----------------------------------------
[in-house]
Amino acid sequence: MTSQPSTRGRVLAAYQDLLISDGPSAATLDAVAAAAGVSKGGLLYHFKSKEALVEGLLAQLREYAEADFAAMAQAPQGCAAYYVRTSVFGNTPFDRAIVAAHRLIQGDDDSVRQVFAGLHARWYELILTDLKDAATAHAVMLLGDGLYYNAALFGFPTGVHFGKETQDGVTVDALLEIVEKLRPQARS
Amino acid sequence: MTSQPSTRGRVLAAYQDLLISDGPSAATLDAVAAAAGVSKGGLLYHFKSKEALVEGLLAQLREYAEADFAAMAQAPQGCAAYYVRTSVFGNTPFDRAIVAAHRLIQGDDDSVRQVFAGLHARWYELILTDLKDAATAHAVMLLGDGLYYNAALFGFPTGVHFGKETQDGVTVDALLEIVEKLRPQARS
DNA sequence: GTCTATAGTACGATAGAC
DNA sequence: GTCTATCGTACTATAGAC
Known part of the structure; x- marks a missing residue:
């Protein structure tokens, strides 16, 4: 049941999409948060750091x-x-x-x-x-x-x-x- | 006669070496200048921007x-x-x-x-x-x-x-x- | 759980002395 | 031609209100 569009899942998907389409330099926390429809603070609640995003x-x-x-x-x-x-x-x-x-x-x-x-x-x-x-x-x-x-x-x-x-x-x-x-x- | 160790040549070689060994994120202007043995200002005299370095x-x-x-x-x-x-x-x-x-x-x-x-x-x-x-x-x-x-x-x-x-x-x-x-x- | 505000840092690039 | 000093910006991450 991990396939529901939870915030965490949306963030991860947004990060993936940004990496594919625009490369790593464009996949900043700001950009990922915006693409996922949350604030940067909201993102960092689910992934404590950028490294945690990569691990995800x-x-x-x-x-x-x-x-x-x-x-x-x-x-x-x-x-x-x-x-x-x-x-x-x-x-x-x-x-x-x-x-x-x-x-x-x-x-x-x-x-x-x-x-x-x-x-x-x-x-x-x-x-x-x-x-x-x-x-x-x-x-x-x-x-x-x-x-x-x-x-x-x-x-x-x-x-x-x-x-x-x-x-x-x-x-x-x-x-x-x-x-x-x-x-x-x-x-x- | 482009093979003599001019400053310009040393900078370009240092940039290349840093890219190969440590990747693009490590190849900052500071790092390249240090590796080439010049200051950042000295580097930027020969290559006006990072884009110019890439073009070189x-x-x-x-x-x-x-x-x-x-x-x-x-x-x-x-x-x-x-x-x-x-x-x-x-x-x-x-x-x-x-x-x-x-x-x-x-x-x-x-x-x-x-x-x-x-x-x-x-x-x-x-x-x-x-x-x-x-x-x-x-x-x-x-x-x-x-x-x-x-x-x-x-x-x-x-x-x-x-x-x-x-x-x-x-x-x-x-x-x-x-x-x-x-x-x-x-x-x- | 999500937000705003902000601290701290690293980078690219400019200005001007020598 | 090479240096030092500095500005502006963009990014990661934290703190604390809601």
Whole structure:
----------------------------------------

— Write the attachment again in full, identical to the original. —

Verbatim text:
[in-house]
Amino acid sequence: MTSQPSTRGRVLAAYQDLLISDGPSAATLDAVAAAAGVSKGGLLYHFKSKEALVEGLLAQLREYAEADFAAMAQAPQGCAAYYVRTSVFGNTPFDRAIVAAHRLIQGDDDSVRQVFAGLHARWYELILTDLKDAATAHAVMLLGDGLYYNAALFGFPTGVHFGKETQDGVTVDALLEIVEKLRPQARS
Amino acid sequence: MTSQPSTRGRVLAAYQDLLISDGPSAATLDAVAAAAGVSKGGLLYHFKSKEALVEGLLAQLREYAEADFAAMAQAPQGCAAYYVRTSVFGNTPFDRAIVAAHRLIQGDDDSVRQVFAGLHARWYELILTDLKDAATAHAVMLLGDGLYYNAALFGFPTGVHFGKETQDGVTVDALLEIVEKLRPQARS
DNA sequence: GTCTATAGTACGATAGAC
DNA sequence: GTCTATCGTACTATAGAC
Known part of the structure; x- marks a missing residue:
């Protein structure tokens, strides 16, 4: 049941999409948060750091x-x-x-x-x-x-x-x- | 006669070496200048921007x-x-x-x-x-x-x-x- | 759980002395 | 031609209100 569009899942998907389409330099926390429809603070609640995003x-x-x-x-x-x-x-x-x-x-x-x-x-x-x-x-x-x-x-x-x-x-x-x-x- | 160790040549070689060994994120202007043995200002005299370095x-x-x-x-x-x-x-x-x-x-x-x-x-x-x-x-x-x-x-x-x-x-x-x-x- | 505000840092690039 | 000093910006991450 991990396939529901939870915030965490949306963030991860947004990060993936940004990496594919625009490369790593464009996949900043700001950009990922915006693409996922949350604030940067909201993102960092689910992934404590950028490294945690990569691990995800x-x-x-x-x-x-x-x-x-x-x-x-x-x-x-x-x-x-x-x-x-x-x-x-x-x-x-x-x-x-x-x-x-x-x-x-x-x-x-x-x-x-x-x-x-x-x-x-x-x-x-x-x-x-x-x-x-x-x-x-x-x-x-x-x-x-x-x-x-x-x-x-x-x-x-x-x-x-x-x-x-x-x-x-x-x-x-x-x-x-x-x-x-x-x-x-x-x-x- | 482009093979003599001019400053310009040393900078370009240092940039290349840093890219190969440590990747693009490590190849900052500071790092390249240090590796080439010049200051950042000295580097930027020969290559006006990072884009110019890439073009070189x-x-x-x-x-x-x-x-x-x-x-x-x-x-x-x-x-x-x-x-x-x-x-x-x-x-x-x-x-x-x-x-x-x-x-x-x-x-x-x-x-x-x-x-x-x-x-x-x-x-x-x-x-x-x-x-x-x-x-x-x-x-x-x-x-x-x-x-x-x-x-x-x-x-x-x-x-x-x-x-x-x-x-x-x-x-x-x-x-x-x-x-x-x-x-x-x-x-x- | 999500937000705003902000601290701290690293980078690219400019200005001007020598 | 090479240096030092500095500005502006963009990014990661934290703190604390809601």
Whole structure: